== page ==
Nasty Letters To Crooked Politicians

As we enter a new era of politics, we hope to see that Obama has the courage to fight the policies that Progressives hate. Will he have the fortitude to turn the economic future of America to help the working man? Or will he turn out to be just a pawn of big money, as he seems to be right now.

Tuesday, November 15, 2005

'I treated people who had their skin melted'

** Dahr Jamail's Iraq Dispatches **
** Visit the Dahr Jamail Iraq website **

'I treated people who had their skin melted'

The Independent
By Dahr Jamail
Published: 15 November 2005

Abu Sabah knew he had witnessed something unusual. Sitting in November
last year in a refugee camp in the grounds of Baghdad University, set up
for the families who fled or were driven from Fallujah, this resident of
the city's Jolan district told me how he had witnessed some of the
battle's heaviest fighting.

"They used these weird bombs that put up smoke like a mushroom cloud,"
he said. He had seen "pieces of these bombs explode into large fires
that continued to burn on the skin even after people dumped water on the

As an unembedded journalist, I spent hours talking to residents forced
out of the city. A doctor from Fallujah working in Saqlawiyah, on the
outskirts of Fallujah, described treating victims during the siege "who
had their skin melted".

He asked to be referred to simply as Dr Ahmed because of fears of
reprisals for speaking out. "The people and bodies I have seen were
definitely hit by fire weapons and had no other shrapnel wounds," he said.

Burhan Fasa'a, a freelance cameraman working for the Lebanese
Broadcasting Corporation (LBC), witnessed the first eight days of the
fighting. "I saw cluster bombs everywhere and so many bodies that were
burnt, dead with no bullets in them," he said. "So they definitely used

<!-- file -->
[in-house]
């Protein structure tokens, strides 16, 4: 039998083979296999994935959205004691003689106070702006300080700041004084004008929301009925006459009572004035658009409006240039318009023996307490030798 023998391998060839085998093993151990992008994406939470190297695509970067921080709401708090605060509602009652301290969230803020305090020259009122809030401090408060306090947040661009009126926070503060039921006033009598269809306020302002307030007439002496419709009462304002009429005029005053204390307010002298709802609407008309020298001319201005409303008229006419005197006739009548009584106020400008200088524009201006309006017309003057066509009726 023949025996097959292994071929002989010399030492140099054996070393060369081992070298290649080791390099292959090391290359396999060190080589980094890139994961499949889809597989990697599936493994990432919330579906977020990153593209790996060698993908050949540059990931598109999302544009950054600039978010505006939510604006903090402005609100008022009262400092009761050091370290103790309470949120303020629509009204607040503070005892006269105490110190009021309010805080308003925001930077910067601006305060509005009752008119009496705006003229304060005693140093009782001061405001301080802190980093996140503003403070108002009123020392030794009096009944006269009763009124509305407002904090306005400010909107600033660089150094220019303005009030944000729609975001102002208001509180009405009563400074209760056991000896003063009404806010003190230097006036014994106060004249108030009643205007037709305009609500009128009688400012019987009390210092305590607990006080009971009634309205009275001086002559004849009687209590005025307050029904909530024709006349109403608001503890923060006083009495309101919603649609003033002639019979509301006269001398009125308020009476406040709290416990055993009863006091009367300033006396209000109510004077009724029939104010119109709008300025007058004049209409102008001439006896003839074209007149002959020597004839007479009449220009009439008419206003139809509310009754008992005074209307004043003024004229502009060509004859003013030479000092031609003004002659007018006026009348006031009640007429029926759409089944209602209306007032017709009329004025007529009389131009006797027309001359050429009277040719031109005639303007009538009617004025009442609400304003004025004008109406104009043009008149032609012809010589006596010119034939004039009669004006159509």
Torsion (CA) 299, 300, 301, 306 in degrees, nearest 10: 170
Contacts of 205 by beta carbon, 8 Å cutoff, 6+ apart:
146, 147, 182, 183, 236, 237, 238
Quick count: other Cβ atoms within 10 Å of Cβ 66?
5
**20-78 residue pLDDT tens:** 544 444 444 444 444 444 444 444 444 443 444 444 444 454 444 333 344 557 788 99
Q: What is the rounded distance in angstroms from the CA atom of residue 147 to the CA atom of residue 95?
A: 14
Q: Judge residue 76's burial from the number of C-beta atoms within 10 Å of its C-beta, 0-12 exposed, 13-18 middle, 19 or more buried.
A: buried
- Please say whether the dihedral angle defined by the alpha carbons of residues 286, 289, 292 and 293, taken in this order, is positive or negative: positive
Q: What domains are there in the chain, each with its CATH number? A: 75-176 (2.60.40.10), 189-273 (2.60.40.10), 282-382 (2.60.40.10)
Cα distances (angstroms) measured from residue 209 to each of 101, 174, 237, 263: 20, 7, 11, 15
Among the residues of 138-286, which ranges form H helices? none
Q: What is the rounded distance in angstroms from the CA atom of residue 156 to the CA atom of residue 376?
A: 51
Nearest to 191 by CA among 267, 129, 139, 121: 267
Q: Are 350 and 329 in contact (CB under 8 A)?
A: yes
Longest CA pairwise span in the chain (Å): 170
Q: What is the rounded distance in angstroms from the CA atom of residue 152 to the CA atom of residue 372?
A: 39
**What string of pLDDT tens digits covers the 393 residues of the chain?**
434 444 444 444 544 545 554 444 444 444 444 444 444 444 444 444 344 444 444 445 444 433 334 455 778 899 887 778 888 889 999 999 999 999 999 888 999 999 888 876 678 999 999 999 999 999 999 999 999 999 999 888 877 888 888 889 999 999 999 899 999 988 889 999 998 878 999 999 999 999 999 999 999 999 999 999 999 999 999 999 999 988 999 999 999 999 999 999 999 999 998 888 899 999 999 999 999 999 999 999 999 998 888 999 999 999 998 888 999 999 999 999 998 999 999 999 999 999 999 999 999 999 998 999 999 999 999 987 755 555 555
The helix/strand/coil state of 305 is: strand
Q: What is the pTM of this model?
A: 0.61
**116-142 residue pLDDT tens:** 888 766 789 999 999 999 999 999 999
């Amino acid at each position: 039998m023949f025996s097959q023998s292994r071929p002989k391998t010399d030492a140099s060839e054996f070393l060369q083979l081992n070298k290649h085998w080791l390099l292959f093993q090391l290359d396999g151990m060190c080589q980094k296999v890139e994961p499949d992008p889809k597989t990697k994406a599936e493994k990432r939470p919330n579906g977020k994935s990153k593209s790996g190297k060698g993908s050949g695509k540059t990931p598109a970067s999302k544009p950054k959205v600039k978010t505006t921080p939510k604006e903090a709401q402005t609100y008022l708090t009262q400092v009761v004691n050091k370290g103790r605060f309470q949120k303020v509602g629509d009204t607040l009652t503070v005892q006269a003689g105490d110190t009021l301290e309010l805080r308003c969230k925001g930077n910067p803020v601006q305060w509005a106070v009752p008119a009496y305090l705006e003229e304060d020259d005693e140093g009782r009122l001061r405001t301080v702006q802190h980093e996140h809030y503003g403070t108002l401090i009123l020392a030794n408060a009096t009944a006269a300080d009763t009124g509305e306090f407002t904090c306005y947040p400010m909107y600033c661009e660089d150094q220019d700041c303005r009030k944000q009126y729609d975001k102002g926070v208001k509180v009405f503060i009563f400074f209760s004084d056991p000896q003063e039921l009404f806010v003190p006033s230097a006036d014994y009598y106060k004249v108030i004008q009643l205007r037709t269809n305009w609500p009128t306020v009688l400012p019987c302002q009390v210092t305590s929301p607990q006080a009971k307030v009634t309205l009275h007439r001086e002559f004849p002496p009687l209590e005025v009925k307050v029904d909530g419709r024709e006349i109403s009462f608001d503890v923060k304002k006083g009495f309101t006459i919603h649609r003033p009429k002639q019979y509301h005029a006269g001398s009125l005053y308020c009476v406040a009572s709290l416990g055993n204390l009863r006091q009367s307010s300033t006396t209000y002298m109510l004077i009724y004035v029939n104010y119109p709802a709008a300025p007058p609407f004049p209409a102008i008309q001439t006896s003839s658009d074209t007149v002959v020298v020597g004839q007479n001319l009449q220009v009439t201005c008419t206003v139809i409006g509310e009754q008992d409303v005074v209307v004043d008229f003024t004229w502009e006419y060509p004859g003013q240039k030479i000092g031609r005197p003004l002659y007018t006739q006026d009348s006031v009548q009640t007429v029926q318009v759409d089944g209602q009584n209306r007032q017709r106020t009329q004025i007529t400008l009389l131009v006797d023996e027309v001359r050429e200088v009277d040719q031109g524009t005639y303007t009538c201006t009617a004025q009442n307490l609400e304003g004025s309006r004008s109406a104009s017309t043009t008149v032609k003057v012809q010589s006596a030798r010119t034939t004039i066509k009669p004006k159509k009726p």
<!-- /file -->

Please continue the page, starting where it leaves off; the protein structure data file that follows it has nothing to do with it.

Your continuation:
fire weapons, especially in Jolan district."

Mr Fasa'a said that while he sold a few of his clips to Reuters, LBC
would not show tapes he submitted to them. He had smuggled some tapes
out of the city before his gear was taken from him by US soldiers.

Some saw what they thought were attempts by the military to conceal the
use of incendiary shells. "The Americans were dropping some of the
bodies into the Euphrates near Fallujah," said one ousted resident,
Abdul Razaq Ismail.

Dr Ahmed, who worked in Fallujah until December 2004, said: "In the
centre of the Jolan quarter they were removing entire homes which have
been bombed, meanwhile most of the homes that were bombed are left as
they were."

He said he saw bulldozers push soil into piles and load it on to trucks
to carry away. In certain areas where the military used "special
munitions" he said 200 sq m of soil was being removed from each blast site.
/The author is an unembedded journalist who reported from Fallujah/

For version posted on The Indepenent website, click here

To read 'The fog of war: white phosphorus, Fallujah and some burning
questions' which the above piece accompanied in The Independent, click
here <>.


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